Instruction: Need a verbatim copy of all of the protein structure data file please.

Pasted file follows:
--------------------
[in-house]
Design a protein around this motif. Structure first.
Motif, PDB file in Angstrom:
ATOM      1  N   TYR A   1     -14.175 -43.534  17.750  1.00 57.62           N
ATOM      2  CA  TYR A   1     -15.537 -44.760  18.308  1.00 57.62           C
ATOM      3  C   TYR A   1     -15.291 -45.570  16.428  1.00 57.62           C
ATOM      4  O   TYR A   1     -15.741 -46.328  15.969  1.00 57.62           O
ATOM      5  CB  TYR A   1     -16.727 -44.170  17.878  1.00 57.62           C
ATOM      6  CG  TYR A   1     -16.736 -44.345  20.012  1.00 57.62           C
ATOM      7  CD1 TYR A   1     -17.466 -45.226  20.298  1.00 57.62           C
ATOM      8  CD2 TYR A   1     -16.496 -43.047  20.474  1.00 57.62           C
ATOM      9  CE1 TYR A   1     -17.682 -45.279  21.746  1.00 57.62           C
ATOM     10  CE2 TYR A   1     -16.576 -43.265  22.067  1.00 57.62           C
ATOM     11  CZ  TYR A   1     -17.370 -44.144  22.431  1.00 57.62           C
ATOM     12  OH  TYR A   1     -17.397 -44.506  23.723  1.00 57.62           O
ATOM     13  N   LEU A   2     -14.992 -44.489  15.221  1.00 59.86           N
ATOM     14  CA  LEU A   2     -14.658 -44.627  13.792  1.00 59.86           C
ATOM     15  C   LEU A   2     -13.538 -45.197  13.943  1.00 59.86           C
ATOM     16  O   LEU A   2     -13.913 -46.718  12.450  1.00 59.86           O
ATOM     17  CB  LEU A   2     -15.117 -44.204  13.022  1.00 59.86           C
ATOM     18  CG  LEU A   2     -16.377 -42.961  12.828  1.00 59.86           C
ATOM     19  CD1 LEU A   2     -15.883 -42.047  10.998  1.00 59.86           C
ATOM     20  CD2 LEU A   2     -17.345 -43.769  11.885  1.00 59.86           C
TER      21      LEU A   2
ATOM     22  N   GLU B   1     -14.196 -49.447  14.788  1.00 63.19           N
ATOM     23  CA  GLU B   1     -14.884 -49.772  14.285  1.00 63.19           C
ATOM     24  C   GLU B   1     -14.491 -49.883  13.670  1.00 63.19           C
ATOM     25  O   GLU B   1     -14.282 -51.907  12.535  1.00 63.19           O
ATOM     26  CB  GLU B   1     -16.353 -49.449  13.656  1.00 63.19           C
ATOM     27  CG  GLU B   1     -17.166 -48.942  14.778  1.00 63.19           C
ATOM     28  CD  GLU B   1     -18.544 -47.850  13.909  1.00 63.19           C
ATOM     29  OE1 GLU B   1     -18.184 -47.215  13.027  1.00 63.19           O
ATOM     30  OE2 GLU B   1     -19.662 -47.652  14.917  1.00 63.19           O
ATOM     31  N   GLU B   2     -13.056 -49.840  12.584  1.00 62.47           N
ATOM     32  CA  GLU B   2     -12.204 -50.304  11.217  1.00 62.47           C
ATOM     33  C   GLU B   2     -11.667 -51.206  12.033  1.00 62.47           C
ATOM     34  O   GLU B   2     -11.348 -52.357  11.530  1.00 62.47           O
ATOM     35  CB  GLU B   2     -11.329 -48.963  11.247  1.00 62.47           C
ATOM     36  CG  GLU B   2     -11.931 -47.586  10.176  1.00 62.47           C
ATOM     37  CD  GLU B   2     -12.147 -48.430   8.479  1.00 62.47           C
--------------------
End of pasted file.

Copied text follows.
[in-house]
Design a protein around this motif. Structure first.
Motif, PDB file in Angstrom:
ATOM      1  N   TYR A   1     -14.175 -43.534  17.750  1.00 57.62           N
ATOM      2  CA  TYR A   1     -15.537 -44.760  18.308  1.00 57.62           C
ATOM      3  C   TYR A   1     -15.291 -45.570  16.428  1.00 57.62           C
ATOM      4  O   TYR A   1     -15.741 -46.328  15.969  1.00 57.62           O
ATOM      5  CB  TYR A   1     -16.727 -44.170  17.878  1.00 57.62           C
ATOM      6  CG  TYR A   1     -16.736 -44.345  20.012  1.00 57.62           C
ATOM      7  CD1 TYR A   1     -17.466 -45.226  20.298  1.00 57.62           C
ATOM      8  CD2 TYR A   1     -16.496 -43.047  20.474  1.00 57.62           C
ATOM      9  CE1 TYR A   1     -17.682 -45.279  21.746  1.00 57.62           C
ATOM     10  CE2 TYR A   1     -16.576 -43.265  22.067  1.00 57.62           C
ATOM     11  CZ  TYR A   1     -17.370 -44.144  22.431  1.00 57.62           C
ATOM     12  OH  TYR A   1     -17.397 -44.506  23.723  1.00 57.62           O
ATOM     13  N   LEU A   2     -14.992 -44.489  15.221  1.00 59.86           N
ATOM     14  CA  LEU A   2     -14.658 -44.627  13.792  1.00 59.86           C
ATOM     15  C   LEU A   2     -13.538 -45.197  13.943  1.00 59.86           C
ATOM     16  O   LEU A   2     -13.913 -46.718  12.450  1.00 59.86           O
ATOM     17  CB  LEU A   2     -15.117 -44.204  13.022  1.00 59.86           C
ATOM     18  CG  LEU A   2     -16.377 -42.961  12.828  1.00 59.86           C
ATOM     19  CD1 LEU A   2     -15.883 -42.047  10.998  1.00 59.86           C
ATOM     20  CD2 LEU A   2     -17.345 -43.769  11.885  1.00 59.86           C
TER      21      LEU A   2
ATOM     22  N   GLU B   1     -14.196 -49.447  14.788  1.00 63.19           N
ATOM     23  CA  GLU B   1     -14.884 -49.772  14.285  1.00 63.19           C
ATOM     24  C   GLU B   1     -14.491 -49.883  13.670  1.00 63.19           C
ATOM     25  O   GLU B   1     -14.282 -51.907  12.535  1.00 63.19           O
ATOM     26  CB  GLU B   1     -16.353 -49.449  13.656  1.00 63.19           C
ATOM     27  CG  GLU B   1     -17.166 -48.942  14.778  1.00 63.19           C
ATOM     28  CD  GLU B   1     -18.544 -47.850  13.909  1.00 63.19           C
ATOM     29  OE1 GLU B   1     -18.184 -47.215  13.027  1.00 63.19           O
ATOM     30  OE2 GLU B   1     -19.662 -47.652  14.917  1.00 63.19           O
ATOM     31  N   GLU B   2     -13.056 -49.840  12.584  1.00 62.47           N
ATOM     32  CA  GLU B   2     -12.204 -50.304  11.217  1.00 62.47           C
ATOM     33  C   GLU B   2     -11.667 -51.206  12.033  1.00 62.47           C
ATOM     34  O   GLU B   2     -11.348 -52.357  11.530  1.00 62.47           O
ATOM     35  CB  GLU B   2     -11.329 -48.963  11.247  1.00 62.47           C
ATOM     36  CG  GLU B   2     -11.931 -47.586  10.176  1.00 62.47           C
ATOM     37  CD  GLU B   2     -12.147 -48.430   8.479  1.00 62.47           C